Governor of Maryland

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The Governor of Maryland heads the executive branch of the government of Maryland, and he is the commander-in-chief of the state's National Guard units. The Governor is the highest-ranking official in the state, and he has a broad range of appointive powers in both the State and local governments, as specified by the Maryland Constitution. Because of the extent of these constitutional powers, the Governor of Maryland has been ranked as being among the most powerful Governors in the United States.[1] The current Governor is Martin O'Malley, a Democrat and a former Mayor of Baltimore who defeated the Republican incumbent Robert Ehrlich in the November 2006 elections.[2] Martin O'Malley won reelection in November 2010.


Selection and qualifications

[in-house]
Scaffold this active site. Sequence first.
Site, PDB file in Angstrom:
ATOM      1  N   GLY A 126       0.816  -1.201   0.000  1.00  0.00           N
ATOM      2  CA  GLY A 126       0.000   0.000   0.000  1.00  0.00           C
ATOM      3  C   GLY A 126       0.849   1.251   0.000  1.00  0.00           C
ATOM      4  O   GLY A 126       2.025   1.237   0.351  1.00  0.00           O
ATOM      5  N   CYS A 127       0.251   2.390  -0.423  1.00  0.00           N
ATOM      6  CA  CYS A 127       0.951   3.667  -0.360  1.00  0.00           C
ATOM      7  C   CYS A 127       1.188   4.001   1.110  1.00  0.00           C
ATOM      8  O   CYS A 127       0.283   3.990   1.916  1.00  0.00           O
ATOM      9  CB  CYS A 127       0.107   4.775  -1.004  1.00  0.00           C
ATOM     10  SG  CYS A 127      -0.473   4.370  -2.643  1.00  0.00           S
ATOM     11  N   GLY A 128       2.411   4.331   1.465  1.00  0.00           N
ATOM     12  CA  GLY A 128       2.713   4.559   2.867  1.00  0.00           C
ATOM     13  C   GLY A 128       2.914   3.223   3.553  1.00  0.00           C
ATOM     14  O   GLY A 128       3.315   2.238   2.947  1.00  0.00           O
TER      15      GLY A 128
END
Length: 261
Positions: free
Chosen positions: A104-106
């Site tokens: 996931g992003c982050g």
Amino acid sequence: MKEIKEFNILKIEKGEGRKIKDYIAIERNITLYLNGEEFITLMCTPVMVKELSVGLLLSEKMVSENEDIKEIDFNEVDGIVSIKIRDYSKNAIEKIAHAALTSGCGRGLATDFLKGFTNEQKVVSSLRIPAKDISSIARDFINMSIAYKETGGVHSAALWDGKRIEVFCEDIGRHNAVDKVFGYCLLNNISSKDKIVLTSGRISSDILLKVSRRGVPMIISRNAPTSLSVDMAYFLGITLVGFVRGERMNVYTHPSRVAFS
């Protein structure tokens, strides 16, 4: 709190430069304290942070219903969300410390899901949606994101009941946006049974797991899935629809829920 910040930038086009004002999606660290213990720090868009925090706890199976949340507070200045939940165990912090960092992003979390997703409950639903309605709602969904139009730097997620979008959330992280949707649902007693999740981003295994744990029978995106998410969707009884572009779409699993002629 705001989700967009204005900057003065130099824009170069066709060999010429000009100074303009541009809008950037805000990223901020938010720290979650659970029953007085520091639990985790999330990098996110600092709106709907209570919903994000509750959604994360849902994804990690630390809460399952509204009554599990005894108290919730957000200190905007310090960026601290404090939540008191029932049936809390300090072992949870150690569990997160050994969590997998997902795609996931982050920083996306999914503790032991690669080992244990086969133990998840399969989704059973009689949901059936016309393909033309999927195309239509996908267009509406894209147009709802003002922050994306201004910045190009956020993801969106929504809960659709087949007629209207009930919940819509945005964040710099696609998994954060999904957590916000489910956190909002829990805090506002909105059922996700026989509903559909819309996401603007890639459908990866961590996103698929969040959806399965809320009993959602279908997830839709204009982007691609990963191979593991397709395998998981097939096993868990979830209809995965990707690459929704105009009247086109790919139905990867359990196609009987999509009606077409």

Like most state chief executives in the United States, the Governor of Maryland is elected by the citizens of Maryland to serve a four-year term. The Constitution of Maryland prohibits a Governor from serving more than two consecutive terms.[3] While this does leave the possibility for a Governor to run again for re-election after remaining out of office for least one term, no former Governor has yet run for a third term.[4] An eligible candidate for Governor must be at least 30 years old, and also a resident of and a registered voter in Maryland for the five years preceding the election.[3] If a candidate meets this minimum requirement, he must file his candidacy with the Maryland State Board of Elections, pay a filing fee, file a financial disclosure, and create a legal campaign financial body.[5] The Governor, like all state-wide officials in Maryland, is elected in the even-numbered years in which the election for President of the United States does not occur.[3]

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